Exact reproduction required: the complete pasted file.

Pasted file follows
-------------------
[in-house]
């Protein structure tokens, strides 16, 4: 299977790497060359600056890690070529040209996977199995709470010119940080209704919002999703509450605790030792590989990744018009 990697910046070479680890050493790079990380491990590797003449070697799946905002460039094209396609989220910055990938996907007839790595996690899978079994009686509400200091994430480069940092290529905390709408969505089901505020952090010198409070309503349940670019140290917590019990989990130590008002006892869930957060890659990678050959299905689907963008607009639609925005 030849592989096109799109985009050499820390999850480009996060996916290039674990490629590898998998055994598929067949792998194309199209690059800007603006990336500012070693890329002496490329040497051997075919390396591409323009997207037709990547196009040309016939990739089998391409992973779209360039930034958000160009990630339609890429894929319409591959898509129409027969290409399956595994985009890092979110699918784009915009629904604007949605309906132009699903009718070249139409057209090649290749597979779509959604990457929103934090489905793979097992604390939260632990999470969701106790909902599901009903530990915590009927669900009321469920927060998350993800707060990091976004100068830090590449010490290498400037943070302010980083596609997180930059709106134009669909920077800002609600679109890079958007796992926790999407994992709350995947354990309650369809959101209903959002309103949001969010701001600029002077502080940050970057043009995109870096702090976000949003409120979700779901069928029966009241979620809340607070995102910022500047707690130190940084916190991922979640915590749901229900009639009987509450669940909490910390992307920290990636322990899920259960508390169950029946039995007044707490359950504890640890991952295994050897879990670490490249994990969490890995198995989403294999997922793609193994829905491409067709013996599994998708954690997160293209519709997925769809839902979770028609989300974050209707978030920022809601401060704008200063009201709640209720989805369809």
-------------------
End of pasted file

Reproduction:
[in-house]
């Protein structure tokens, strides 16, 4: 299977790497060359600056890690070529040209996977199995709470010119940080209704919002999703509450605790030792590989990744018009 990697910046070479680890050493790079990380491990590797003449070697799946905002460039094209396609989220910055990938996907007839790595996690899978079994009686509400200091994430480069940092290529905390709408969505089901505020952090010198409070309503349940670019140290917590019990989990130590008002006892869930957060890659990678050959299905689907963008607009639609925005 030849592989096109799109985009050499820390999850480009996060996916290039674990490629590898998998055994598929067949792998194309199209690059800007603006990336500012070693890329002496490329040497051997075919390396591409323009997207037709990547196009040309016939990739089998391409992973779209360039930034958000160009990630339609890429894929319409591959898509129409027969290409399956595994985009890092979110699918784009915009629904604007949605309906132009699903009718070249139409057209090649290749597979779509959604990457929103934090489905793979097992604390939260632990999470969701106790909902599901009903530990915590009927669900009321469920927060998350993800707060990091976004100068830090590449010490290498400037943070302010980083596609997180930059709106134009669909920077800002609600679109890079958007796992926790999407994992709350995947354990309650369809959101209903959002309103949001969010701001600029002077502080940050970057043009995109870096702090976000949003409120979700779901069928029966009241979620809340607070995102910022500047707690130190940084916190991922979640915590749901229900009639009987509450669940909490910390992307920290990636322990899920259960508390169950029946039995007044707490359950504890640890991952295994050897879990670490490249994990969490890995198995989403294999997922793609193994829905491409067709013996599994998708954690997160293209519709997925769809839902979770028609989300974050209707978030920022809601401060704008200063009201709640209720989805369809």